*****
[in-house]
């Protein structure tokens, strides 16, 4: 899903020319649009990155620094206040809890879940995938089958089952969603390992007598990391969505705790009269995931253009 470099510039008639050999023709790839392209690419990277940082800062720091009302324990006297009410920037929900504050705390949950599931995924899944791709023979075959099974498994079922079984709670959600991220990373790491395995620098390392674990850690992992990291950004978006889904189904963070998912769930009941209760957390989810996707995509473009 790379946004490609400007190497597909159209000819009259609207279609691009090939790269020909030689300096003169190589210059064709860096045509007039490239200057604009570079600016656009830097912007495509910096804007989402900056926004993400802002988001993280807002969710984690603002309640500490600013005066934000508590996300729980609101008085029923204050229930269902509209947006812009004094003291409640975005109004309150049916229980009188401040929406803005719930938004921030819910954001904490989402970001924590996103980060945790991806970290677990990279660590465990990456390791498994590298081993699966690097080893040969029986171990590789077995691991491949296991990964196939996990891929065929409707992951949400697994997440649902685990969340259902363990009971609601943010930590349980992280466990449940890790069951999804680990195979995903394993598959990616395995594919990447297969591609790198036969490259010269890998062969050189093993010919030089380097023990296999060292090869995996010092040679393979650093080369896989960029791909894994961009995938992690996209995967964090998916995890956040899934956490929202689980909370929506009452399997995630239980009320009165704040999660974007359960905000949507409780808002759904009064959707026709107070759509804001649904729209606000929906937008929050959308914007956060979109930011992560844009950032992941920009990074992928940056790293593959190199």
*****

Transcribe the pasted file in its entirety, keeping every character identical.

[in-house]
């Protein structure tokens, strides 16, 4: 899903020319649009990155620094206040809890879940995938089958089952969603390992007598990391969505705790009269995931253009 470099510039008639050999023709790839392209690419990277940082800062720091009302324990006297009410920037929900504050705390949950599931995924899944791709023979075959099974498994079922079984709670959600991220990373790491395995620098390392674990850690992992990291950004978006889904189904963070998912769930009941209760957390989810996707995509473009 790379946004490609400007190497597909159209000819009259609207279609691009090939790269020909030689300096003169190589210059064709860096045509007039490239200057604009570079600016656009830097912007495509910096804007989402900056926004993400802002988001993280807002969710984690603002309640500490600013005066934000508590996300729980609101008085029923204050229930269902509209947006812009004094003291409640975005109004309150049916229980009188401040929406803005719930938004921030819910954001904490989402970001924590996103980060945790991806970290677990990279660590465990990456390791498994590298081993699966690097080893040969029986171990590789077995691991491949296991990964196939996990891929065929409707992951949400697994997440649902685990969340259902363990009971609601943010930590349980992280466990449940890790069951999804680990195979995903394993598959990616395995594919990447297969591609790198036969490259010269890998062969050189093993010919030089380097023990296999060292090869995996010092040679393979650093080369896989960029791909894994961009995938992690996209995967964090998916995890956040899934956490929202689980909370929506009452399997995630239980009320009165704040999660974007359960905000949507409780808002759904009064959707026709107070759509804001649904729209606000929906937008929050959308914007956060979109930011992560844009950032992941920009990074992928940056790293593959190199």